MONTROSE (WJRT) - (04/16/19) - Teachers are used to solving complicated problems inside the classroom.
But for a Montrose math teacher, the answer to this problem took him outside of the classroom and to the Secretary of State.
Kuehn-Haven Middle School math teacher Casey Shuck enjoys a lot about being a teacher.
"Just taking where they're coming from every day and helping them to get to where you know they can get to, and convincing them that they have that high ceiling," Shuck said.
He does help them get where they're going, not just by providing the tools to solve complicated Algebra problems, but by taking on another job entirely.
"Our transportation coordinator Angie Florian had sent out multiple email requests for anyone who knew anyone that could drive a bus," Shuck said.
He paid little attention to the requests at first before finally giving in.
"I had a dirty little secret that when I was in Texas I had already gotten certified to drive a school bus while I was coaching," Shuck said.
A couple of years ago while teaching in Texas, he also coached soccer and drove his team to matches. In Montrose it’s a little different because these are students from different classes.
"I'm really filling in like a substitute teacher with a lot of kids I don't know, and it's extremely difficult," Shuck said.
Shuck is a part of a growing trend and temporary answer to a major problem facing many communities across the country. Teachers, administration and school employees are being asked to fill the void.
"There's a shortage of bus drivers across the state, nationwide, it's just really tough to find drivers."
Transportation Director Angie Florian said they have 11 regular runs and two substitutes on staff, but are still in need. So, why is there a shortage?
"I'm not completely surprised by the need for bus drivers. They're not super highly paid. They're not super highly respected. We don't treat them nearly the way we need to," Shuck said.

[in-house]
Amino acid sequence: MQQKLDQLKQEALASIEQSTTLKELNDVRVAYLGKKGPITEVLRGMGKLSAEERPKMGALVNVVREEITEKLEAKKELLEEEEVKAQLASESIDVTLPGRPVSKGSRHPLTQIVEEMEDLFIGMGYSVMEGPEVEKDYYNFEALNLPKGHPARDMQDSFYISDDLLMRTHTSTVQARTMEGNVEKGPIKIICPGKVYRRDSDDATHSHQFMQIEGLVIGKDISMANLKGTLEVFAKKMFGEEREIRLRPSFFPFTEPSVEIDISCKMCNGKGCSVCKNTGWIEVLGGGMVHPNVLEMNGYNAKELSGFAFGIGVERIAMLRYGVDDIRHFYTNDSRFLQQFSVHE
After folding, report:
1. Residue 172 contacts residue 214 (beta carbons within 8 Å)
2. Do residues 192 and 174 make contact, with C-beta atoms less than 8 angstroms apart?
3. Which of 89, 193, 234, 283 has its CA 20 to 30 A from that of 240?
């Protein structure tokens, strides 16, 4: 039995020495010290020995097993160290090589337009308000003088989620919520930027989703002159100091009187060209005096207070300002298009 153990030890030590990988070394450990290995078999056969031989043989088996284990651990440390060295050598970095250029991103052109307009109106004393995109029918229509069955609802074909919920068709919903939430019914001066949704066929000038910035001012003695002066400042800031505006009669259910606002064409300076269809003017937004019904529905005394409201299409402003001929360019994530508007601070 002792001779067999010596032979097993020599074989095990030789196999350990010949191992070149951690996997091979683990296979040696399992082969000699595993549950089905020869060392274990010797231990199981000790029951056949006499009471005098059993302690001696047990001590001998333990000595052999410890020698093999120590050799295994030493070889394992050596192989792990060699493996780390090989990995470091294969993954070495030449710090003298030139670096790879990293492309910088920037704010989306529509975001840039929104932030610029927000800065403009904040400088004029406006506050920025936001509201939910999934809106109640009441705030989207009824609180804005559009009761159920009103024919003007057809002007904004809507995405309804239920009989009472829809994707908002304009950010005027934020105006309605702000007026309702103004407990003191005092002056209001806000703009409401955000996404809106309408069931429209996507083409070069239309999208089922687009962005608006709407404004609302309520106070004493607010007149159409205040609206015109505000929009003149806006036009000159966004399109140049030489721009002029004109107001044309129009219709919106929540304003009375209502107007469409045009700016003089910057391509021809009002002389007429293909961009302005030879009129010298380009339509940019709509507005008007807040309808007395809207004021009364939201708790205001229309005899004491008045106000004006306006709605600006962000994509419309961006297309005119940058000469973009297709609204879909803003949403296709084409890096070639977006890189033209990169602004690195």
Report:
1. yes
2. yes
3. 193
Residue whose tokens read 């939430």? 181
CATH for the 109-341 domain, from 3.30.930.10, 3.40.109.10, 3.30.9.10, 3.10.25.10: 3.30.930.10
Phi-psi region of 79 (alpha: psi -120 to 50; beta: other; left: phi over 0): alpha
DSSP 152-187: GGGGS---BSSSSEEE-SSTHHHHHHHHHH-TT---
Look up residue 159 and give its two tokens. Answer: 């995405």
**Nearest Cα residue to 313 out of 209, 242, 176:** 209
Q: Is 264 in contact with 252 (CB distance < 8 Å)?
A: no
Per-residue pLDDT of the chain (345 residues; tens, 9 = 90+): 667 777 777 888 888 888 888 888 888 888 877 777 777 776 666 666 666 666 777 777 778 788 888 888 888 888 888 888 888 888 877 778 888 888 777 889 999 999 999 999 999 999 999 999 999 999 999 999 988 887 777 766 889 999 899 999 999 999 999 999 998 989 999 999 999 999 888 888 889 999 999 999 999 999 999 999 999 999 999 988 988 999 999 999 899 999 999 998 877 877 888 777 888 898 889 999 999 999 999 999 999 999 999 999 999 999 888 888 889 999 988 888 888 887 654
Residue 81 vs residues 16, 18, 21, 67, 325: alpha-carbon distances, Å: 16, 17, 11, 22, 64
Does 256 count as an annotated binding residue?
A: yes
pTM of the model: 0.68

Florian says the shortage is the result of a number of issues, including changes to school scheduling.
"We used to have the middle of the day kindergarten runs. Once the half day kindergarten went away the drivers kind of lost those middle of the day hours and then a lot of schools have gone to a single tiered run, which we have a k through 12 run here," Florian said. "The hours in the morning - you only get about an hour and a half and then a hour and a half in the afternoon, which is a split shift. So, there's really a need for drivers and it's really hard to fill when you have to split your day up like that."
Subs in Montrose start at $14 an hour. You need a CDL, and the school district does some onsite training with you. It’s not for everyone but for some people, having their day broken up is ideal.
"They definitely have a school schedule so they're not working during the summer if that works for them. They do have to get up in the morning and run their shift but they have their whole day until 2:30 p.m. when I need them back for the afternoon run, so for someone that's retired or a stay at home mom you know it's a split shift and that kind of works for them," Florian said.
Shuck drives on an as needed basis, but he has pulled a double. Once before he drove before school, taught class, then drove kids home. It's a long day, but he sees the value in having his classroom on the road.
"It's always nice to get to see kids in a different situation and the kids see you in a different situation. Getting to know the community, knowing whose house is whose as you drive past all these different places and I'm going hey that's where so and so lives," Shuck said.
If you're interested in becoming a school bus driver, call Florian directly at 810-591-8854.